Sheet masks are the new gift mugs. It’s what everybody who has recently visited Korea brings home to their family and friends.
Reason is, the masks are a purchase urged by tempting discounts—buy 10 masks and get 10 free. Hell, yeah, I’ll
buy 20—rather than thoughtful recall.
I guess even skincare manufacturers have gotten bored (and uncreative) with their sheet mask concoctions.
There are only so many ingredients brands can mix, match and market as the next moisturizing miracle before they eventually have to change their tactics.
Today, sheet masks come in many reinvented forms that hope to hydrate better than before.
I love refrigerating my sheet masks for the simple reason that a chilled pack fools me into thinking that I’m getting pampered with fancy, cooling gels in my dermatologist’s clinic. This is exactly the effect of April Skin’s revolutionary Mermaid Hydrogel Mask, a translucent and slimy sheet that soothes and cools, sans time in the fridge.
But don’t just buy it for the sensation. Packed with sheet-mask regulars glycerin (an ingredient that helps lock in moisture) and niacinamide (a brightening ingredient that promotes collagen production and lightens hyperpigmentation), this jelly-like mask clings to your face like wet plastic, and is best left on for 30 minutes to absorb its benefits.
Sheet masks have also been reincarnated into the less-messy version of mudpacks. Bid goodbye to the blob-like residue your Glamglow masks leave in the sink and embrace the hygienic technology of clay-infused masks like the Ultru I’m Sorry For My Skin Black Mud Mask.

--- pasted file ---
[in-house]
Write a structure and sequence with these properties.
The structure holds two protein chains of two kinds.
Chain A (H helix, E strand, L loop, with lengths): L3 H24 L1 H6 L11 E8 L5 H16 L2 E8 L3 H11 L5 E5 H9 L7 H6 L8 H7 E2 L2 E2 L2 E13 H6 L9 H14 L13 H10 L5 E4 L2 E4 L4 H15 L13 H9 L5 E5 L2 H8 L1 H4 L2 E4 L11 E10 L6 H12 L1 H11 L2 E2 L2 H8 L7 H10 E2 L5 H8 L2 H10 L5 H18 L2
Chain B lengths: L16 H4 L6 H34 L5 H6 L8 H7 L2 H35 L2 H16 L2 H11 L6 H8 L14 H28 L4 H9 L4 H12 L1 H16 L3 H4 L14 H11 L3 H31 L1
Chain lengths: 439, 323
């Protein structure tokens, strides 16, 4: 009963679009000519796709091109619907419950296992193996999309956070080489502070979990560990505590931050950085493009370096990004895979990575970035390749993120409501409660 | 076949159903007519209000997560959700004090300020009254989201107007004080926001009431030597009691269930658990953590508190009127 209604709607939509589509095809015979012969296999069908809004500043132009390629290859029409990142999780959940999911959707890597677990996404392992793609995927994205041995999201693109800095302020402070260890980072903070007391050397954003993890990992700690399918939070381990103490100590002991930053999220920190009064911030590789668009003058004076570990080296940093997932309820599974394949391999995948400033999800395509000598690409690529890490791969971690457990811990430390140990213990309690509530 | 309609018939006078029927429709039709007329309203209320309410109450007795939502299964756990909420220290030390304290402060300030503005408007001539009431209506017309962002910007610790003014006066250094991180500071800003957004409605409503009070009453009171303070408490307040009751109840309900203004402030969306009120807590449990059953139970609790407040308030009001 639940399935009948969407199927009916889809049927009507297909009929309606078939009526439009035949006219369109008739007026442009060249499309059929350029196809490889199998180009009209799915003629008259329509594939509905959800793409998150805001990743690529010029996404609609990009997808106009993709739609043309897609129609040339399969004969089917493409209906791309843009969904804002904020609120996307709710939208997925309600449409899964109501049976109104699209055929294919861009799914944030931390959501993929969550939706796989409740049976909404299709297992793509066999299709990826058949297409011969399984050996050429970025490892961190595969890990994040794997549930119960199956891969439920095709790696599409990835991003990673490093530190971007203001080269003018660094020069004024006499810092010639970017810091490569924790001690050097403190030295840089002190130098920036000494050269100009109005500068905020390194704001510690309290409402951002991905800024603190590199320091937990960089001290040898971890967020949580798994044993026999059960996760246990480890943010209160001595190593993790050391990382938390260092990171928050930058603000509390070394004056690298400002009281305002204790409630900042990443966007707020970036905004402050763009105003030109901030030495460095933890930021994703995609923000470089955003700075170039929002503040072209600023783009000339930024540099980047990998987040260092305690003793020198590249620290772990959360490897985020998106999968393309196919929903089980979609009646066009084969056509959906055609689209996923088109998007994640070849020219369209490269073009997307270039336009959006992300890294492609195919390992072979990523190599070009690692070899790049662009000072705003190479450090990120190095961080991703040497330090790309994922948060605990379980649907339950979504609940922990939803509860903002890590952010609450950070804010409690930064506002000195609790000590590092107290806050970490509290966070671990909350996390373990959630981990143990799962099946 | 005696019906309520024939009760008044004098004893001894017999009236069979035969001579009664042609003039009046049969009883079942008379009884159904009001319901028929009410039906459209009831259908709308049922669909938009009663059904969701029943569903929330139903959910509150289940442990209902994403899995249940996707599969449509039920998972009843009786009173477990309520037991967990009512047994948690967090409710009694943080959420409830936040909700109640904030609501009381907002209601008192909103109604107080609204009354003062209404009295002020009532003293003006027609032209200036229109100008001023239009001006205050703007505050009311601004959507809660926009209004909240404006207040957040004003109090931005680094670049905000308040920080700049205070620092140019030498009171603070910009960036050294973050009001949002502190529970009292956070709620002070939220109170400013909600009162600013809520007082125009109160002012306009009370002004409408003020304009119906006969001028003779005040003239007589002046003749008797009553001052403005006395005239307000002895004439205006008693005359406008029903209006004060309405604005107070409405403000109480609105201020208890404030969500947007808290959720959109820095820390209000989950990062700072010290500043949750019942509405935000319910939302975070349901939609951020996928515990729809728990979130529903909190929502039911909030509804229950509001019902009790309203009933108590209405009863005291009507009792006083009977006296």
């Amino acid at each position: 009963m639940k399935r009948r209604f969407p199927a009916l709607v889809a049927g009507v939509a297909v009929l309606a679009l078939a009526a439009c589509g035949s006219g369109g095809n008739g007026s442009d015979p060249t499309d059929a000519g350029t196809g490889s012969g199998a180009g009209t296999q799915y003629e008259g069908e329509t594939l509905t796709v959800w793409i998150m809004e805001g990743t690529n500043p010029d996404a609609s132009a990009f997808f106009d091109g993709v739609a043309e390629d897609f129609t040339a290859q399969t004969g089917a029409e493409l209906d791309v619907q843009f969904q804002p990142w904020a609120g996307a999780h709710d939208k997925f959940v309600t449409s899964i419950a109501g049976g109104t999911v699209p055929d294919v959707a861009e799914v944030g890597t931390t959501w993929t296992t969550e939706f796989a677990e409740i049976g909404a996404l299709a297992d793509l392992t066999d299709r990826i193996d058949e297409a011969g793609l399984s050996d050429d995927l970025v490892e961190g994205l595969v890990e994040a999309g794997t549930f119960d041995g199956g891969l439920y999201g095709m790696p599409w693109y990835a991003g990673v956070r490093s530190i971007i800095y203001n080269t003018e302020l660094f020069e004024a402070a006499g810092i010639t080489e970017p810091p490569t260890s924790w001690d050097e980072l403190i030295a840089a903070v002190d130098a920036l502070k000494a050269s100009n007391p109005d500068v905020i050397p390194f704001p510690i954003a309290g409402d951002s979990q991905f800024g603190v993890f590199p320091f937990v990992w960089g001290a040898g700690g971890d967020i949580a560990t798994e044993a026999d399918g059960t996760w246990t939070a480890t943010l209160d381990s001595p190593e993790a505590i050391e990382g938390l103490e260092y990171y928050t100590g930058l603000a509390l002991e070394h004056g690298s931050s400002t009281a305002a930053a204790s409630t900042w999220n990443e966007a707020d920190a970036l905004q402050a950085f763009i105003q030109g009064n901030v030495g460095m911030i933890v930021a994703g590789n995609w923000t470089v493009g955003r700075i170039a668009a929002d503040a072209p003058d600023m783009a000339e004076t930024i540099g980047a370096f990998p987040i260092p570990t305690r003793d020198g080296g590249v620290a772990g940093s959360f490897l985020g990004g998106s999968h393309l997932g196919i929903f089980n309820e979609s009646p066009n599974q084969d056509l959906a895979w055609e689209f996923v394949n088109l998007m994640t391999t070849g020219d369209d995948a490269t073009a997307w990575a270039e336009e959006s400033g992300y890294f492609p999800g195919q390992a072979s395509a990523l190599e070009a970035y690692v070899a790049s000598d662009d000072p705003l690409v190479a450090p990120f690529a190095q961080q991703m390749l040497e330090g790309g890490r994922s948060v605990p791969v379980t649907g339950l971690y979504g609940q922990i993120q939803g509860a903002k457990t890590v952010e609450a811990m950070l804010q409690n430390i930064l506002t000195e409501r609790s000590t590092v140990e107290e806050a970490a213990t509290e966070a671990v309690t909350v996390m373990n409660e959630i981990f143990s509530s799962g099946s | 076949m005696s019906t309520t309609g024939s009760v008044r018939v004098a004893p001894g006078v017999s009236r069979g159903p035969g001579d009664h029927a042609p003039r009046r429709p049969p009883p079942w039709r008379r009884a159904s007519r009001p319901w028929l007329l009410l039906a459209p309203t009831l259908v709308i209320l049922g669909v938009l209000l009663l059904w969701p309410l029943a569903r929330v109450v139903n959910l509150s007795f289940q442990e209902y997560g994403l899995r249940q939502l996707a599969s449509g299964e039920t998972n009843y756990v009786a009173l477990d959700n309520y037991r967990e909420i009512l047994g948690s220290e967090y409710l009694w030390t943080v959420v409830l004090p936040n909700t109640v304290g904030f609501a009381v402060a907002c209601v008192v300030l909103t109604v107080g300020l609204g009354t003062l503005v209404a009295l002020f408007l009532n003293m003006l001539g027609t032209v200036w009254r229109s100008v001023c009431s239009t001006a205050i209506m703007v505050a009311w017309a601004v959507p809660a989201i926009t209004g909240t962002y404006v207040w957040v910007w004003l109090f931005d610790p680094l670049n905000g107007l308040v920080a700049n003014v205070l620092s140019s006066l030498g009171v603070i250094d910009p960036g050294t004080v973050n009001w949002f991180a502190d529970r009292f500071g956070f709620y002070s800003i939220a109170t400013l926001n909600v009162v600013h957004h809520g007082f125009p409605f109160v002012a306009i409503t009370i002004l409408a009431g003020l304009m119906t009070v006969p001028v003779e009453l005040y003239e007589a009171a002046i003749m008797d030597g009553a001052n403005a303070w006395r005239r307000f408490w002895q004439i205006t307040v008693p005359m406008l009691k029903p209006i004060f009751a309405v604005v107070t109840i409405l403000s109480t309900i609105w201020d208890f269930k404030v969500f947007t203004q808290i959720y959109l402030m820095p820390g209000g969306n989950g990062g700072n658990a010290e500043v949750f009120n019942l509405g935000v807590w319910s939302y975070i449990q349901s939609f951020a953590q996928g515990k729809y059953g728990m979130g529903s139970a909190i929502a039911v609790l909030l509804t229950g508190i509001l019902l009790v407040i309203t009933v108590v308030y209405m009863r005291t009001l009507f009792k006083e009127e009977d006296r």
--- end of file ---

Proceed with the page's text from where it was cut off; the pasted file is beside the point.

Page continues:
This is great for traditional sheet mask fans, as the difference is hardly felt and mostly seen. These clay sheet masks often use kaolin, the gentlest purifying clay out there, to cleanse pores and not dry the skin.
Fabric to rubber
I’ve also recently caught wind of rubber masks, thanks to a cameo of my favorite YouTuber, Gothamista, on a viral video that reached my feed.
This opaque and dense material supposedly seals in active ingredients better than most masks.
You can try it on yourself via the Dr. Jart+ Rubber Mask series, a range of colored masks tailored to different needs. This two-step ampoule pack requires layering a thick serum on the skin first before slapping and leaving on the mask.
The coolest version of the mask—for me, so far—is Neogen’s Pink Cactus Liftmax Knit Mask. Known for its exfoliating peel pads and emphasis on applying “dermaceutical” research, this brand employs plush, knit material that snugly blankets the skin with plant extracts, fruit oils and other ingredients that help in firming and tightening the skin.
Unlike rubber, this thin fabric still lets the skin breathe.
Masks, in whatever form they come, all aim to hydrate. It boils down to what you’re most comfortable in.
Stick with the sheet masks if you don’t mind them being slippery but try these new ones when you’re feeling daring.—CONTRIBUTED